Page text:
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Beauty By the Batch's Guide to Purchasing Vegetable Soaps

I adore vegetable soaps. From the simple, to the beautifully creative, vegetable soap cleanses my skin without drying or irritating it. The natural aromatics included in the vegetable soaps that I purchase brings a smile to me upon every use. Vegetable based soaps are generally more expensive than mass-marketed detergent bars, but the benefits are well worth the price.

It has been years since I last purchased "soap" at my local grocer or discount center. The idea of using mass-marketed cleansers on my skin now makes me cringe. Even when I travel, I pack a vegetable soap or two.

Soap has been traditionally defined as a cleansing product that is produced using fats, water and lye. Soap may include the addition of aromatics and other nutritive ingredients. For instance, additional oil, vegetable butters may be added so that the soap moisturizes the skin as it cleanses it. The commercial brand name "soaps" that are generally available in multi-packs in discount stores, drug stores and grocery stores are not authentic bars of soap based on the original definition of the term soap. Instead, these commercial bars are synthetically derived and more appropriately referred to as detergent bars or deodorant bars.

Sodium Tallowate, an ingredient commonly found in commercial detergent bars is reported to cause eczema in certain individuals. Upon my check of the ingredients of several popular brands of detergent bars, every single one that I checked contains Sodium Tallowate. Another ingredient of concern in detergent bars is BHT, an ingredient known to cause allergic reactions in some individuals.

Natural soaps are sometimes made using animal based ingredients including goat's milk, tallow (animal fat) and/or honey. For the purposes of this article, Vegetable based soaps are soaps that are made without animal fat, but that may be made using dairy ingredients (milk) or honey.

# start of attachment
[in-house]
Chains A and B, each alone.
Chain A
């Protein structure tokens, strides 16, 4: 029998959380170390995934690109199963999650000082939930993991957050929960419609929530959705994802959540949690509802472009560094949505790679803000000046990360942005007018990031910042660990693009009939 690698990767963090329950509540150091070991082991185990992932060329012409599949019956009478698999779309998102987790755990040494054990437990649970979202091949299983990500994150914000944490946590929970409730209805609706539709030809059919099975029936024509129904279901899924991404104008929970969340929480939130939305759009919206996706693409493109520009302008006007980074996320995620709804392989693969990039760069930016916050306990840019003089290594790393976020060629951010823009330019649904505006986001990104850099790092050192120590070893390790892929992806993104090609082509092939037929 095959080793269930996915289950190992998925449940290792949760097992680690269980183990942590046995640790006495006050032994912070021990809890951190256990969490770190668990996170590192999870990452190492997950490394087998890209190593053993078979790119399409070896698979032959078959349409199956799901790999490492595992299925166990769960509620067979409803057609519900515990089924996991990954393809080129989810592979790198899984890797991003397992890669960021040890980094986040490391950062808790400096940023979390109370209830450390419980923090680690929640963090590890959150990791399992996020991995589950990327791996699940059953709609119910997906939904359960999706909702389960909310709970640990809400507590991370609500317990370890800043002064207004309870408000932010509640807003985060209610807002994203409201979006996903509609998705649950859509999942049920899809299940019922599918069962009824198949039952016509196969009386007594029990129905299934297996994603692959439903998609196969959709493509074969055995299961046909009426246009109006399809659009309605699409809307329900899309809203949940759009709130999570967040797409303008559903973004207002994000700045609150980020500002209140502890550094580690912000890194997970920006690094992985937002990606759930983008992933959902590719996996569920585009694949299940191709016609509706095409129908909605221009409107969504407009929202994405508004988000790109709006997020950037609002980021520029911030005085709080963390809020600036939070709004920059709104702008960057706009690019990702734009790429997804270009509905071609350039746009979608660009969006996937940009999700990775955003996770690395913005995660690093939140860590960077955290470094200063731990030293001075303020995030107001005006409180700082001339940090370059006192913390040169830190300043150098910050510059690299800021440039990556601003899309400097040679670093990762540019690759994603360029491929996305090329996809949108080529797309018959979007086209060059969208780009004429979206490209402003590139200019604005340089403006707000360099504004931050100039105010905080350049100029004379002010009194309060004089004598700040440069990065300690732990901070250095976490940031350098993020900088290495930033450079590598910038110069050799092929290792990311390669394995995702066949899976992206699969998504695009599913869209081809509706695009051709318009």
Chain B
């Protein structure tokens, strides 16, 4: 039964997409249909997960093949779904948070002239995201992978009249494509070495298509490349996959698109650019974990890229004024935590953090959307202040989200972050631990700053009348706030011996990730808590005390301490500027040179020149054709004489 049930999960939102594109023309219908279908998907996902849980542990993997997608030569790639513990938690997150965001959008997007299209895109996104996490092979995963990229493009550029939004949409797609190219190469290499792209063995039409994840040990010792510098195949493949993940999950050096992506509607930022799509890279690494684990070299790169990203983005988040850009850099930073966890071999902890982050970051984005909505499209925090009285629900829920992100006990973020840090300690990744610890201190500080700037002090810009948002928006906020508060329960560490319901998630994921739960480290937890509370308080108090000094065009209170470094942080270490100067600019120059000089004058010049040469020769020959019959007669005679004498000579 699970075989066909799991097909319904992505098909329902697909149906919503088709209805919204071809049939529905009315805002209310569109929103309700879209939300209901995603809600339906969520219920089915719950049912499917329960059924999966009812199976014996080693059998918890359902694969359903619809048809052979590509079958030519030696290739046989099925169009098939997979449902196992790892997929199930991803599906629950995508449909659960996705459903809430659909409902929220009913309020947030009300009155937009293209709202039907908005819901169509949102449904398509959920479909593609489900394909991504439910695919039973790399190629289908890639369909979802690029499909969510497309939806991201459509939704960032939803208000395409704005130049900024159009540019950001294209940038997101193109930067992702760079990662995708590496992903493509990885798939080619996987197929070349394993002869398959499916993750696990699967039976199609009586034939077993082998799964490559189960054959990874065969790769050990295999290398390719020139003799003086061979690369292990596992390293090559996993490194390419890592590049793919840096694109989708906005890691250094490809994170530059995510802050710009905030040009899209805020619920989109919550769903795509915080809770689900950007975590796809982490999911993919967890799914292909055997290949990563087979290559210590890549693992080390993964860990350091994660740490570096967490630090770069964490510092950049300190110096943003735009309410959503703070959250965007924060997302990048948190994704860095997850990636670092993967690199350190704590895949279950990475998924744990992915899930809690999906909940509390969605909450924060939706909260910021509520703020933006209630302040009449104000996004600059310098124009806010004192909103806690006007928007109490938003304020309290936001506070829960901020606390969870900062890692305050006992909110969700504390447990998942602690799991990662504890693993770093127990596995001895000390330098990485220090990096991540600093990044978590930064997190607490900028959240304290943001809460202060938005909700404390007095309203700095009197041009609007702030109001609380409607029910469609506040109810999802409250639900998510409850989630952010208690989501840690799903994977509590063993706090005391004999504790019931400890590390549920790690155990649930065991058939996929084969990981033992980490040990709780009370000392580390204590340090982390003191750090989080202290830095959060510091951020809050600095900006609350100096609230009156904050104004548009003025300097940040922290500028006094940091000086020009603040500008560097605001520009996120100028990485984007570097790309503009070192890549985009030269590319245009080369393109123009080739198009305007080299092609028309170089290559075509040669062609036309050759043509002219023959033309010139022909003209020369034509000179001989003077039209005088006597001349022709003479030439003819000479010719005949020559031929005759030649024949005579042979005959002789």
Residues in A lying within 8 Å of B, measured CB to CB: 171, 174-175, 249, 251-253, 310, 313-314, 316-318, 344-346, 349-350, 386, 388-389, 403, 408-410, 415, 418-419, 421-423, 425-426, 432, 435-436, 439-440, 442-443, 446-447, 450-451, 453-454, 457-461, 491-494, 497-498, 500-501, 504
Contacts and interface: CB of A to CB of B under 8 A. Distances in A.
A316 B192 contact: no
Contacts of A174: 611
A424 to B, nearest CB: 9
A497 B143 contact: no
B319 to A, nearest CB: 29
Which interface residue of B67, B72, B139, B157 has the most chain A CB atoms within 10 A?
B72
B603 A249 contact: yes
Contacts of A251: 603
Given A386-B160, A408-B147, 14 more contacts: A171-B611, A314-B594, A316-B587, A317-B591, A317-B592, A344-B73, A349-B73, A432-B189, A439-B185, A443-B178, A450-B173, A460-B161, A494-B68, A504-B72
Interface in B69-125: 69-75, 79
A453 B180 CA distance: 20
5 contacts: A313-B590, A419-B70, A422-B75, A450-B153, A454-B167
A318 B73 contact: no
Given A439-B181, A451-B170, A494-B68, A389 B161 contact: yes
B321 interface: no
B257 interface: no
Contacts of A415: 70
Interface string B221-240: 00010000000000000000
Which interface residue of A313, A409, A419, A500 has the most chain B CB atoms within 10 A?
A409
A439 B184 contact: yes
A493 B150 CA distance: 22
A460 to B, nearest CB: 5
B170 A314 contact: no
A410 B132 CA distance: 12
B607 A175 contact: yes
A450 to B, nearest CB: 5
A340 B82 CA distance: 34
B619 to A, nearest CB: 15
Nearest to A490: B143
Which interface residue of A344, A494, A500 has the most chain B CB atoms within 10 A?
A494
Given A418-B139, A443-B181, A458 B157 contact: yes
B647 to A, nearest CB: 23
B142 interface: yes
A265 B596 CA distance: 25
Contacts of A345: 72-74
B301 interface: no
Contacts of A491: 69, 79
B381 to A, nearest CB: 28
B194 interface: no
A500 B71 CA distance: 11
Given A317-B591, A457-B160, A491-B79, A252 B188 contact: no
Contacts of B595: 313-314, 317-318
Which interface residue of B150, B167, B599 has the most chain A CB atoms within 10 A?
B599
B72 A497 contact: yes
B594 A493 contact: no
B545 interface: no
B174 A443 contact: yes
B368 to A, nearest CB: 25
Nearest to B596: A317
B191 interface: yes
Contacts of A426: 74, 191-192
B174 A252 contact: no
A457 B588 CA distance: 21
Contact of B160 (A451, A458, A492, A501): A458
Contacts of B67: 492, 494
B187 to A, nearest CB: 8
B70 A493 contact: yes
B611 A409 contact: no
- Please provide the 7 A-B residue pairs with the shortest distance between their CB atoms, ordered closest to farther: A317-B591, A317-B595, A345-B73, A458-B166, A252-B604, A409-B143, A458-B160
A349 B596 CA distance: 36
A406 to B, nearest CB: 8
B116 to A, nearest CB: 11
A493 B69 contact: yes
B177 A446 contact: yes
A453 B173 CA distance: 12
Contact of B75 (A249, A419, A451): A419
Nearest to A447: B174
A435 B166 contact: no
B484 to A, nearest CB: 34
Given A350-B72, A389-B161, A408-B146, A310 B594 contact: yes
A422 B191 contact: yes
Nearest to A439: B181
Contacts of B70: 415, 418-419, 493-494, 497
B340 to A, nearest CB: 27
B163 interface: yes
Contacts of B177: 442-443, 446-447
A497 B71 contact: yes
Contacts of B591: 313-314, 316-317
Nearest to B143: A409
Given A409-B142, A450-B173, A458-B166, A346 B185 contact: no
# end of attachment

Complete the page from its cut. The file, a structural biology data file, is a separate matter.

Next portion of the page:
How Vegetable Soap Is Made

Vegetable based soaps are produced using one of several processes. The fundamentals of each process is pretty simple. For the everyday consumer, understanding the specifics of the each process isn't essential. The three primary methods that artisans use to make vegetable based soaps are as follows:

  • Cold Process
  • Hot Process
  • Melt & Pour
    (Melt & Pour is not really a process to make soaps from scratch, but we will include it here. Some artisans make incredibly beautiful and nourishing vegetable soaps by this method.)

When making hot process soap, the artisan adds lye to water (not the other way around or an explosion might ensue) and then adds this mixture to a vegetable oil blend that has been heated to a specific temperature. Other additives can also be incorporated at particular phases of the hot process method.

Cold process soap making is the most popular process used for vegetable based soaps. The primary difference between it and the hot process method is that lower temperatures are used. Some consumers find that soaps made using the cold process method are less drying than those made via the hot process method.